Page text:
Memory foam. Memory foam moulds to the body in order to support and relieve discomfort in the neck and back. They can also be made to measure and are a great option for those suffering from allergies or asthma. As they retain your head and body shape, it can be hard to swap positions with them, so restless sleepers may want to give them a miss.

Latex. Latex pillows have quite a lot of bounce and spring to them and are considered a cooler and lighter alternative to memory foam. They are incredibly durable, hypoallergenic and shape themselves to your head and neck.

Feathers and down. Down pillows are made from natural fibres and are both soft and easy to shape. They are also breathable and regulate temperature well, making them a great choice if you tend to run a little hot.

Cotton. Another hypoallergenic option, cotton pillows are free from synthetic materials and are much more breathable than synthetics, making them cooler against the skin. They are also machine-washable, but hold a lot of moisture, taking them longer to dry than polyester. Washing cotton pillows can also slightly alter the shape and feel of them.

Wool. Natural, breathable and hypoallergenic, wool pillows act as a natural insulator to keep your body at a constant temperature. They do have a tendency to flatten over time, though and don't contour to body curvature well.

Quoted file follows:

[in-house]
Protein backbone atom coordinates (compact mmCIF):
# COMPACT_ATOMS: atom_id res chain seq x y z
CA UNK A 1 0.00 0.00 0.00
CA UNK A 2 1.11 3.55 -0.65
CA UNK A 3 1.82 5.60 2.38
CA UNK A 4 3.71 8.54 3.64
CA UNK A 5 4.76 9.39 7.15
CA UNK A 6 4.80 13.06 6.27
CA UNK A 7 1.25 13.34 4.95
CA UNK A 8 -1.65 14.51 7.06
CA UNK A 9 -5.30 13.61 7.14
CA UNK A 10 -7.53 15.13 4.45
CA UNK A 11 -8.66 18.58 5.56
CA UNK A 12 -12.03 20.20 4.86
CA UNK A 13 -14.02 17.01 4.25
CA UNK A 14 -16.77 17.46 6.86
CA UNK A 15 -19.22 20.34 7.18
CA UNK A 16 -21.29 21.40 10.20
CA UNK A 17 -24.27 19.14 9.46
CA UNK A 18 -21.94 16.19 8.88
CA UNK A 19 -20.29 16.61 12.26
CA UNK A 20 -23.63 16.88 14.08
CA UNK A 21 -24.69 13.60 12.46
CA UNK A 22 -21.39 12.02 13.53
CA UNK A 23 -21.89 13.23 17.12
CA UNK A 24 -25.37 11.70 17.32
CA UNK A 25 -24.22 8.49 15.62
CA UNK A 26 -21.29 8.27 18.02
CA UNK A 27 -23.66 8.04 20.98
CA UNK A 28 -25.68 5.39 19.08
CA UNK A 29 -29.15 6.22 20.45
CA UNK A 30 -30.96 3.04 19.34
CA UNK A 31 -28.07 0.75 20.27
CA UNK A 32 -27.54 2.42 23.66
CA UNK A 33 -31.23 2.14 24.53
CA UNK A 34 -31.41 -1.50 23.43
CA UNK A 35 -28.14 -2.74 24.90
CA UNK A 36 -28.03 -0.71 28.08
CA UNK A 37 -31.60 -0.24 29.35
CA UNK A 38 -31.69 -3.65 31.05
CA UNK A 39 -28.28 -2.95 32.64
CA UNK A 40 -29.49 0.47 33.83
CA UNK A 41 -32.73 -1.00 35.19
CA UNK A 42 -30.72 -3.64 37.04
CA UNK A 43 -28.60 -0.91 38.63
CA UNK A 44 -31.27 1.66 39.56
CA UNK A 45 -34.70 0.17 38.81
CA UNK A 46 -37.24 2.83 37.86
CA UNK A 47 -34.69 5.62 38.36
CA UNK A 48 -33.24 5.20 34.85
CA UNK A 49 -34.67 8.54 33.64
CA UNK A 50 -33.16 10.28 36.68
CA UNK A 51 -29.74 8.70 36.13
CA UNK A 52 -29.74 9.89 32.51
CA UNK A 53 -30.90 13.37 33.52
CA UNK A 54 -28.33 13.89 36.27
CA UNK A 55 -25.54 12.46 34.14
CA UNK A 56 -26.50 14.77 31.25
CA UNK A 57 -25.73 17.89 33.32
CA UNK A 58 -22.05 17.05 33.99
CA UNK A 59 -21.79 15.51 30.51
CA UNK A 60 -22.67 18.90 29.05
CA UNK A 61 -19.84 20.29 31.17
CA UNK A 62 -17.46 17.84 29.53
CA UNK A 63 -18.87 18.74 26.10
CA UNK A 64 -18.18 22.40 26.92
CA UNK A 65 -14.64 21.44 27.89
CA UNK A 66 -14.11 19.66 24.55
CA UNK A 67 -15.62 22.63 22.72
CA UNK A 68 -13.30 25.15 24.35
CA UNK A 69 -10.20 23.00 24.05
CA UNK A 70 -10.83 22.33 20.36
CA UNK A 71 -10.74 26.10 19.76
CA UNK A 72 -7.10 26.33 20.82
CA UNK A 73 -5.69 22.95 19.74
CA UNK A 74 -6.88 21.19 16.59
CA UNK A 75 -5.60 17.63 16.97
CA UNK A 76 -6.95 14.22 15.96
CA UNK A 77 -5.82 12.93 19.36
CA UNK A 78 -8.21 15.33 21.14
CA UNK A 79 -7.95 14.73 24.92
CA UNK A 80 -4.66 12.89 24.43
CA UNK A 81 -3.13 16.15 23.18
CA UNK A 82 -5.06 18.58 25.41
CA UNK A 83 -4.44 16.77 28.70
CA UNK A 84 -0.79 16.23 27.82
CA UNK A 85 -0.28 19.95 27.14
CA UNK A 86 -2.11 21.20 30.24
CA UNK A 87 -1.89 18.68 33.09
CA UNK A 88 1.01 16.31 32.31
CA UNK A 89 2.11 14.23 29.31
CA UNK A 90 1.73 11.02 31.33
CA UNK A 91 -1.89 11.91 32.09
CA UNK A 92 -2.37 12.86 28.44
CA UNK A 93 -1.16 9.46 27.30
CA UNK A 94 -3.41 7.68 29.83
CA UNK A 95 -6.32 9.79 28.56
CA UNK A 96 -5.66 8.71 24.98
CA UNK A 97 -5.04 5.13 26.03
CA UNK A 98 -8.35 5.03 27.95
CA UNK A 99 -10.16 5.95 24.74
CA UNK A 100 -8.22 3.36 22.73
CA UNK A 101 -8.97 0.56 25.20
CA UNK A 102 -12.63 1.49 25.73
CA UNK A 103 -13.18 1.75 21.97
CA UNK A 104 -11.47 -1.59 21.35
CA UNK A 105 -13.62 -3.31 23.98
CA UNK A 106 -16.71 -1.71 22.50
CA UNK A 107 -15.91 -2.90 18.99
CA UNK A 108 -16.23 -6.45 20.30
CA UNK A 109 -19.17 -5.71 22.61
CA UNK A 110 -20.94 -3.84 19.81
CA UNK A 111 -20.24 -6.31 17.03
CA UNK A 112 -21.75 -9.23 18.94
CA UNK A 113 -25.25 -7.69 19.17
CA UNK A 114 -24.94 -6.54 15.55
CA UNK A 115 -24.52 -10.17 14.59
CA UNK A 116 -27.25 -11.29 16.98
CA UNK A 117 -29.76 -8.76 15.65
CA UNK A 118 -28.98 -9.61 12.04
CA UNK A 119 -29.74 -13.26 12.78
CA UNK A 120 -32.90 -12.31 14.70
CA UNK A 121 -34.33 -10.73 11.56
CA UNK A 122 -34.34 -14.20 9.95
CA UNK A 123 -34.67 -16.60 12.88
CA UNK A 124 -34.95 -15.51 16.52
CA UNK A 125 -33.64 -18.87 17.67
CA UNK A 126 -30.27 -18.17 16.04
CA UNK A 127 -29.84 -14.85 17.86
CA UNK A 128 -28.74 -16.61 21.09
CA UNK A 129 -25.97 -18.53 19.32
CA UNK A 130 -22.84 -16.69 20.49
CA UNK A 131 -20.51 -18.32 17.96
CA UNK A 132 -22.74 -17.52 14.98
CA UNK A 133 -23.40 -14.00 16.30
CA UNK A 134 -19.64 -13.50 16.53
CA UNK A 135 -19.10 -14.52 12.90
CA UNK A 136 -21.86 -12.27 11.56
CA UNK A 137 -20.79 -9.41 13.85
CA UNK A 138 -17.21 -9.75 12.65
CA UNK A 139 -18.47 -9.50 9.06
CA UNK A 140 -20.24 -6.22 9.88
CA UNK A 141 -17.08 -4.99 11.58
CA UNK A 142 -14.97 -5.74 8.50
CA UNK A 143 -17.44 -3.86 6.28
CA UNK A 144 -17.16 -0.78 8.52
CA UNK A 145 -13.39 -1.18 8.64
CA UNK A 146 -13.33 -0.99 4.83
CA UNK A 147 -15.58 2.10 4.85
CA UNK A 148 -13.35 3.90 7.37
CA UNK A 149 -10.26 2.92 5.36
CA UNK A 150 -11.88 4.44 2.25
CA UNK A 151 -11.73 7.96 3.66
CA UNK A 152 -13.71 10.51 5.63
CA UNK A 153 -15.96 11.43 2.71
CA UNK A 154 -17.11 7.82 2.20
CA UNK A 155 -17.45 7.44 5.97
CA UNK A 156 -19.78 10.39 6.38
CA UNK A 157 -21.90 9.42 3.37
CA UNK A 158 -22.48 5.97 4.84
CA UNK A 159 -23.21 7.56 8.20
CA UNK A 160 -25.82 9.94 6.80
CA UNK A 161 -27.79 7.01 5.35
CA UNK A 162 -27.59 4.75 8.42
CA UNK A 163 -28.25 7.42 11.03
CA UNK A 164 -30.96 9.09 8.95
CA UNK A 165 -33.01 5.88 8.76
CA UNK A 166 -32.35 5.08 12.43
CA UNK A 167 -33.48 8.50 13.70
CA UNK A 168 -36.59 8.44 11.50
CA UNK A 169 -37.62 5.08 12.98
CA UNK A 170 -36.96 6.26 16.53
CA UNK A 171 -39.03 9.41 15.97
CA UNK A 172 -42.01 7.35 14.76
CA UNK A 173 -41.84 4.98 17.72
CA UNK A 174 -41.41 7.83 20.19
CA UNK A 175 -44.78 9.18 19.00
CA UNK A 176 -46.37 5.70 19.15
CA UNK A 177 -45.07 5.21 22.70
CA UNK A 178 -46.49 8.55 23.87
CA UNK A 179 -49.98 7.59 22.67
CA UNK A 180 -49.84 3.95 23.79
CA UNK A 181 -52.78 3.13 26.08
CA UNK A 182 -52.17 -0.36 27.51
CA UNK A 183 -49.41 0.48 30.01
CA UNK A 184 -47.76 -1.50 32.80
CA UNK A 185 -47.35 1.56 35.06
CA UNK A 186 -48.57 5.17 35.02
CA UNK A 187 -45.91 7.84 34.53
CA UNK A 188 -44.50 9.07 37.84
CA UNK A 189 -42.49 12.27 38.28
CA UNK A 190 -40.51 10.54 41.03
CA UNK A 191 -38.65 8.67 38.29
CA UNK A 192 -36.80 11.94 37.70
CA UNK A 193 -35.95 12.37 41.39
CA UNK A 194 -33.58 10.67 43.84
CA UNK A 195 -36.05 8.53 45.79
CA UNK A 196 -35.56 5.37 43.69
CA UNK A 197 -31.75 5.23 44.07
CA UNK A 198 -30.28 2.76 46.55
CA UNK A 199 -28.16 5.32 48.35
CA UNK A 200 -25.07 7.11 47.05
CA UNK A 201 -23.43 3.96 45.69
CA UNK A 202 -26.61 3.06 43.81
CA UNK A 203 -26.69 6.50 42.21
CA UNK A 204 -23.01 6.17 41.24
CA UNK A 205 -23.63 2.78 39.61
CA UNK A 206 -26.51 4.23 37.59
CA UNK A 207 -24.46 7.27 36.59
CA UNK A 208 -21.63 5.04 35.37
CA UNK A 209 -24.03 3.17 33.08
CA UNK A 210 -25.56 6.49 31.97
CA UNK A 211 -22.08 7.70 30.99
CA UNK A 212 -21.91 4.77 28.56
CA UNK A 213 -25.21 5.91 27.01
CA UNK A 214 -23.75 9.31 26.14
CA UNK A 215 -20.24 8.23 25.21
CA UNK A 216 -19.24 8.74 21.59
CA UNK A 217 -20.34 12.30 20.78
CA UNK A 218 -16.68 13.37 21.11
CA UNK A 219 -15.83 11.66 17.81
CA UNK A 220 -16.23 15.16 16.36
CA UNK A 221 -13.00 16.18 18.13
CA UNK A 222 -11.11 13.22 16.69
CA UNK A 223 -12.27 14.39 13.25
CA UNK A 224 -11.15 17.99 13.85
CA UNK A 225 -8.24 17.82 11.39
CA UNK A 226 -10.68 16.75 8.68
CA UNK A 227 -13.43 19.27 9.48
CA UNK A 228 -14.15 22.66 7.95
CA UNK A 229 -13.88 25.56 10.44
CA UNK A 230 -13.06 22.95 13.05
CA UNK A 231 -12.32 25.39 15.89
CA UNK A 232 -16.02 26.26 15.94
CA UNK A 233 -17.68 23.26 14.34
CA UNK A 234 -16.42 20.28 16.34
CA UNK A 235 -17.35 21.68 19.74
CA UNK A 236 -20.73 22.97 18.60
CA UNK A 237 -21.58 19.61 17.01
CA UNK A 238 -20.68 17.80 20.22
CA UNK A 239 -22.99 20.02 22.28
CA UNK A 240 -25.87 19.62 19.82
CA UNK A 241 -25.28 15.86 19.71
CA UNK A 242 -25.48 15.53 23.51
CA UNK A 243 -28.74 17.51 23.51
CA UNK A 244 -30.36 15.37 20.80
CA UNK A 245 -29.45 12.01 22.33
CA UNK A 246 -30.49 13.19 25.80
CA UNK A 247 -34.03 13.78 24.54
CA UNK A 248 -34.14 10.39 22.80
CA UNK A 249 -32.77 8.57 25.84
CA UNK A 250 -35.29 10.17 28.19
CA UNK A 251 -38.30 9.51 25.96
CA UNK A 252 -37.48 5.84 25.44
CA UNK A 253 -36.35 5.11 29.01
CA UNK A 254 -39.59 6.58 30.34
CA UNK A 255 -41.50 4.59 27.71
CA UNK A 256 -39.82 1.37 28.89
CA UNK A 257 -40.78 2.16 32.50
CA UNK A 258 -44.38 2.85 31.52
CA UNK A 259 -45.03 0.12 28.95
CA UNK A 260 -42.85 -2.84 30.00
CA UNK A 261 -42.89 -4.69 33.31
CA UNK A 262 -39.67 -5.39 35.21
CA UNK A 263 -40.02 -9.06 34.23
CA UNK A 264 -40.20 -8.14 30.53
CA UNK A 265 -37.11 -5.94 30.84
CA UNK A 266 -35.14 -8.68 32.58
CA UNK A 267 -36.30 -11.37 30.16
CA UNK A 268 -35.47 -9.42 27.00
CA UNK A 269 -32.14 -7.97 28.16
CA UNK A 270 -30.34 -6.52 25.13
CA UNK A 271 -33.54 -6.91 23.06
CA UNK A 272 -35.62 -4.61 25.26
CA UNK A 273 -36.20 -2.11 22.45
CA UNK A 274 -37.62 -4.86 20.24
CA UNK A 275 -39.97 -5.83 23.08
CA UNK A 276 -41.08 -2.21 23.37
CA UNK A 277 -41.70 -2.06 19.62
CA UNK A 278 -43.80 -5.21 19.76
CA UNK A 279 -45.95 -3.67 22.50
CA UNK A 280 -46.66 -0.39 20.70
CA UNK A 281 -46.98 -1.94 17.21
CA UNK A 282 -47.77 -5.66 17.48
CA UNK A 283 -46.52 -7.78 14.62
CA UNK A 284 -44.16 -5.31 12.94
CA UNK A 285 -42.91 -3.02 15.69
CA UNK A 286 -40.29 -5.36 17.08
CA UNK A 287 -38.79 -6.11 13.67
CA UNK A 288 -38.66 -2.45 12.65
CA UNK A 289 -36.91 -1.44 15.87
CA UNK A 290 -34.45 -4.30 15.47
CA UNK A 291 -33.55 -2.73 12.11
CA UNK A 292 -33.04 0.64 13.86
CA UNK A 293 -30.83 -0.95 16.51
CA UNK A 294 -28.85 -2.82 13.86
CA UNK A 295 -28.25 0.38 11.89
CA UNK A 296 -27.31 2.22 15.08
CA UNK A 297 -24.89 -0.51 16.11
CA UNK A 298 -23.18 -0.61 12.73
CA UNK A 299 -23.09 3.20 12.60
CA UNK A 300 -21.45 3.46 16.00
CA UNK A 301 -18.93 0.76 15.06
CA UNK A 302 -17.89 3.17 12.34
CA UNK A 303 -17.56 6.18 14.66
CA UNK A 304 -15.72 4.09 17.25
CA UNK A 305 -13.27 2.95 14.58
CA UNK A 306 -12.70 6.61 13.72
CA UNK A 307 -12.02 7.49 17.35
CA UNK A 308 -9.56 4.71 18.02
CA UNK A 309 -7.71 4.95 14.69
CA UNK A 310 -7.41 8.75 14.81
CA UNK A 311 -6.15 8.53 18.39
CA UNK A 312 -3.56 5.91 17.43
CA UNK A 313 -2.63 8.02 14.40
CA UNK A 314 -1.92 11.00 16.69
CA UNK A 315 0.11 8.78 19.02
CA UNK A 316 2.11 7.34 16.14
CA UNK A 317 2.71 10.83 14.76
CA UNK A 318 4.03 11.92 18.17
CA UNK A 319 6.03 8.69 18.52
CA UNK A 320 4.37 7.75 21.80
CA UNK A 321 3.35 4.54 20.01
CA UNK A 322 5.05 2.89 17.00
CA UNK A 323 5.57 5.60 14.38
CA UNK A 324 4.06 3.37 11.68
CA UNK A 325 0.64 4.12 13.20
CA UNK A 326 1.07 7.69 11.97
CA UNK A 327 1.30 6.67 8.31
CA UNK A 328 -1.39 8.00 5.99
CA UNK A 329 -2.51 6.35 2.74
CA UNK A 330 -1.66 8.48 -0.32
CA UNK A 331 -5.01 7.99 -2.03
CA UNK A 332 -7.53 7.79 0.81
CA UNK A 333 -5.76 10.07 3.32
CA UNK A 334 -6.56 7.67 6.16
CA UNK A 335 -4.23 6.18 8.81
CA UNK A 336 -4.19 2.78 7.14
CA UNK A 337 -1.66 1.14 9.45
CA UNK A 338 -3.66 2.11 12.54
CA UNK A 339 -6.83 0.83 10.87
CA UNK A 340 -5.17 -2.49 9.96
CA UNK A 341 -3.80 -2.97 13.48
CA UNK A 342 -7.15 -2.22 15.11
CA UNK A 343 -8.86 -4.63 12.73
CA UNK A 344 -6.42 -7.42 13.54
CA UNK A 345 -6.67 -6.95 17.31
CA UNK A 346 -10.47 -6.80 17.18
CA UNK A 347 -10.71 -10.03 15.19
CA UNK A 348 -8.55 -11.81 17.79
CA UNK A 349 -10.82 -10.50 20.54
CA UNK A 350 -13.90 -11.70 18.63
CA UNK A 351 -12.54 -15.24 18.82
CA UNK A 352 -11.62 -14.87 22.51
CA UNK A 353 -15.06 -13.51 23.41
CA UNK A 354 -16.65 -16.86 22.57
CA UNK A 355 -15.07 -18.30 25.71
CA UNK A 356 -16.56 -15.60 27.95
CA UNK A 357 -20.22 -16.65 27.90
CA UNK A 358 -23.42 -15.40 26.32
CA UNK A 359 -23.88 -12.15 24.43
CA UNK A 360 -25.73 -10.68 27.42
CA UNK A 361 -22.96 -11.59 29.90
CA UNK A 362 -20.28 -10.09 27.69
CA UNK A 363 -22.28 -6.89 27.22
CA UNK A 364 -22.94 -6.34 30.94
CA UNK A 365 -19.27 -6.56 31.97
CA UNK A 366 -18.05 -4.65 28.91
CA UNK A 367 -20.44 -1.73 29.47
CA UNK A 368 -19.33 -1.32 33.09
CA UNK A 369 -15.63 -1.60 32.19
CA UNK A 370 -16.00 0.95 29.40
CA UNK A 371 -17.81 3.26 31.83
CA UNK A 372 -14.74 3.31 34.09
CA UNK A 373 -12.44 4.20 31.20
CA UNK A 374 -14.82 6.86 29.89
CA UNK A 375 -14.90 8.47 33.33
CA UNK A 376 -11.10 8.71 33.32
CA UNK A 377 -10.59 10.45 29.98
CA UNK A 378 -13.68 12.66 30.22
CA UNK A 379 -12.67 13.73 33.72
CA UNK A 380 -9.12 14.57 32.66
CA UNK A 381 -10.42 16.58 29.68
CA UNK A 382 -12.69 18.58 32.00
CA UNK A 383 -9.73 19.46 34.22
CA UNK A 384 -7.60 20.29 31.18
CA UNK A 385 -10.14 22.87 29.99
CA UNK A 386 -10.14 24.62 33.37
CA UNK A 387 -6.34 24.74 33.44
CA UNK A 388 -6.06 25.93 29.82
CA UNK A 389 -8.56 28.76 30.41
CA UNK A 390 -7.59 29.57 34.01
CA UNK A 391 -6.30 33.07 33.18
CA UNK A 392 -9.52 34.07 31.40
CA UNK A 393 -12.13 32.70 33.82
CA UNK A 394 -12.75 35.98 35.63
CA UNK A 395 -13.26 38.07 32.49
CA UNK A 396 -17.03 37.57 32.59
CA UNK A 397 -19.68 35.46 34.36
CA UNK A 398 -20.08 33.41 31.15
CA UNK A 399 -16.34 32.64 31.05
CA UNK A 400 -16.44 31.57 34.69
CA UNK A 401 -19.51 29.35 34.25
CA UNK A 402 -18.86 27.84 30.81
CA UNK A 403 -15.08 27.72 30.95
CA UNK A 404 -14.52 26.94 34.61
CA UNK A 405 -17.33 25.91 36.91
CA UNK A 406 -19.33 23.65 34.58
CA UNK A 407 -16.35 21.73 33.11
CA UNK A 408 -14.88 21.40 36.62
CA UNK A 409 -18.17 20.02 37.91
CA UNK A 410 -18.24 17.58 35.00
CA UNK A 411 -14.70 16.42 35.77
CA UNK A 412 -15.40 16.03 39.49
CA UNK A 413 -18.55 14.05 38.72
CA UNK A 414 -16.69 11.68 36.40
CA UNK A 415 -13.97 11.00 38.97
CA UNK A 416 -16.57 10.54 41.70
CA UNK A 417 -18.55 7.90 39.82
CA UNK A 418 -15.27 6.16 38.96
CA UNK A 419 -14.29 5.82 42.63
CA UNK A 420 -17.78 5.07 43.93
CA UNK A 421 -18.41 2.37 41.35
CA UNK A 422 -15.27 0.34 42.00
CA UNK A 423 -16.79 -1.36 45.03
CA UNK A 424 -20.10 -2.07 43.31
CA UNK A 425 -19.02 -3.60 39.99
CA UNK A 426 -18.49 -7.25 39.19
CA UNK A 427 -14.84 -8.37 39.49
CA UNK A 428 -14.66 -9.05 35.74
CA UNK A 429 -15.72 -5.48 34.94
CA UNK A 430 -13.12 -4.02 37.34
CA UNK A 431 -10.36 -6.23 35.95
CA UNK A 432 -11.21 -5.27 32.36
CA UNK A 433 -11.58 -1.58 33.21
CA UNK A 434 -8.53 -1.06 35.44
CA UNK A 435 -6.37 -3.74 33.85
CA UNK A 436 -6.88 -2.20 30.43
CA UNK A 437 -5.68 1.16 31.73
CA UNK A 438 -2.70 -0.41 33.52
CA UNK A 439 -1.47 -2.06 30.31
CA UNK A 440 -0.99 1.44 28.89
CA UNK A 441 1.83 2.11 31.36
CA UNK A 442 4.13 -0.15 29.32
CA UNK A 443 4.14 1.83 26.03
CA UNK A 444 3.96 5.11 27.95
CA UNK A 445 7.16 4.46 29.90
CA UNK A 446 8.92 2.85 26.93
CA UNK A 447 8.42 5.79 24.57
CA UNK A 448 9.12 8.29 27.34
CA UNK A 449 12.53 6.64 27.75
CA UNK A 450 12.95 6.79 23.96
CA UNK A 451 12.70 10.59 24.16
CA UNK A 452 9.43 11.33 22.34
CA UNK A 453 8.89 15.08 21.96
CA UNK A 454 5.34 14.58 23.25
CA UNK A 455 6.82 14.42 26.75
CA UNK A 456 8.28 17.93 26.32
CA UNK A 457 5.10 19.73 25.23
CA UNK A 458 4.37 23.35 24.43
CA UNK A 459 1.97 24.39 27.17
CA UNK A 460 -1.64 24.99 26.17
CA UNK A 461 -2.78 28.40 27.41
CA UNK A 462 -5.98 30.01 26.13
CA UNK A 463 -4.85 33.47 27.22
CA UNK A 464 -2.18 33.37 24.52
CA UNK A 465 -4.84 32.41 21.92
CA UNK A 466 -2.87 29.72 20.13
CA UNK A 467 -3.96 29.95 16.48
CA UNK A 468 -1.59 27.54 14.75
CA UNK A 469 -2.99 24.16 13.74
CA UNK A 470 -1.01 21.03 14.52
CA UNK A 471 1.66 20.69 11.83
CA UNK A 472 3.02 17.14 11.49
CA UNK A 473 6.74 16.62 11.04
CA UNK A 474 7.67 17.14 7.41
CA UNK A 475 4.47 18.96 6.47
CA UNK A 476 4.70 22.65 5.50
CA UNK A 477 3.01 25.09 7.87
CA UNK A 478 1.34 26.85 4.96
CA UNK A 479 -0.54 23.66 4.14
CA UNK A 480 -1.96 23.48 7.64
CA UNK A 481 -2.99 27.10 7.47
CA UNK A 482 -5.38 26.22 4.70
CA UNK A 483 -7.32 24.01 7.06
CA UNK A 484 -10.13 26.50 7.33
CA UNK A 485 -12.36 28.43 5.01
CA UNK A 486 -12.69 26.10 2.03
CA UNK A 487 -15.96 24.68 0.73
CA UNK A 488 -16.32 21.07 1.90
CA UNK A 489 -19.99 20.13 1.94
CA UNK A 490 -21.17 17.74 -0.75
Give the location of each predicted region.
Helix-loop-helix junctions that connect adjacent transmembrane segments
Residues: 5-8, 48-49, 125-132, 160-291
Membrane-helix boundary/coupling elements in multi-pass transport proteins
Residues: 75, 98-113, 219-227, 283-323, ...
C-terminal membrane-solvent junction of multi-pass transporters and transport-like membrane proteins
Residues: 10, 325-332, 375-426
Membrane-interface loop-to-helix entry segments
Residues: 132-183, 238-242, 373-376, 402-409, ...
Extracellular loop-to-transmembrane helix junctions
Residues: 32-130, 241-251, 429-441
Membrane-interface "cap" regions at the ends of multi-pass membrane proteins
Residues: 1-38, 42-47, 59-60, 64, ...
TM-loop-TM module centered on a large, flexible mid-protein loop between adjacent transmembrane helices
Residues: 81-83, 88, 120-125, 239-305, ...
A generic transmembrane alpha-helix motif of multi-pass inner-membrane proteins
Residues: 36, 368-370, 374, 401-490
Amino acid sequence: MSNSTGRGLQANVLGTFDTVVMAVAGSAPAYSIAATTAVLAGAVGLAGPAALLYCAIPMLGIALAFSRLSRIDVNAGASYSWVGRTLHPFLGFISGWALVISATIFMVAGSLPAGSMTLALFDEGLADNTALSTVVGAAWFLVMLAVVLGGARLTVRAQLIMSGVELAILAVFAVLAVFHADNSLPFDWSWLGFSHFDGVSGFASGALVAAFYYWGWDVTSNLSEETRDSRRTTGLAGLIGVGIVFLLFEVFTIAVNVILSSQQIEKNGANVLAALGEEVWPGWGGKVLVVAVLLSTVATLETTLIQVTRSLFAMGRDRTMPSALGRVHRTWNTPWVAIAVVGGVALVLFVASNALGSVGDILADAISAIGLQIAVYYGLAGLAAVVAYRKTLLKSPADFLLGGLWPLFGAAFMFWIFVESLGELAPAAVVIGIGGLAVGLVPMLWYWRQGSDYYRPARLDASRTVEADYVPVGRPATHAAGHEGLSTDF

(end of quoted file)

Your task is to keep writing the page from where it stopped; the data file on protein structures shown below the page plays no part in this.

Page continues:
Why you might want to consider a hypoallergenic pillow

Another consideration when choosing the right pillow for you is whether you suffer from allergies or asthma. If you do, you may want to choose a hypoallergenic pillow to minimise your allergy risk.

Pillows can harbor dust mites and allergens that can trigger conditions like asthma and hay fever, meaning that sufferers should choose a pillow that deters dust mites and offers a good level of breathability. Latex and wool are both anti-bacterial and naturally dust-mite resistant, making them great choices. Cotton too is naturally hypoallergenic, making it another option for sufferers.

Those with allergies can also lessen their symptoms by covering their pillow with a dust-mite pillow cover and washing their pillows regularly.

How often should you replace your pillow?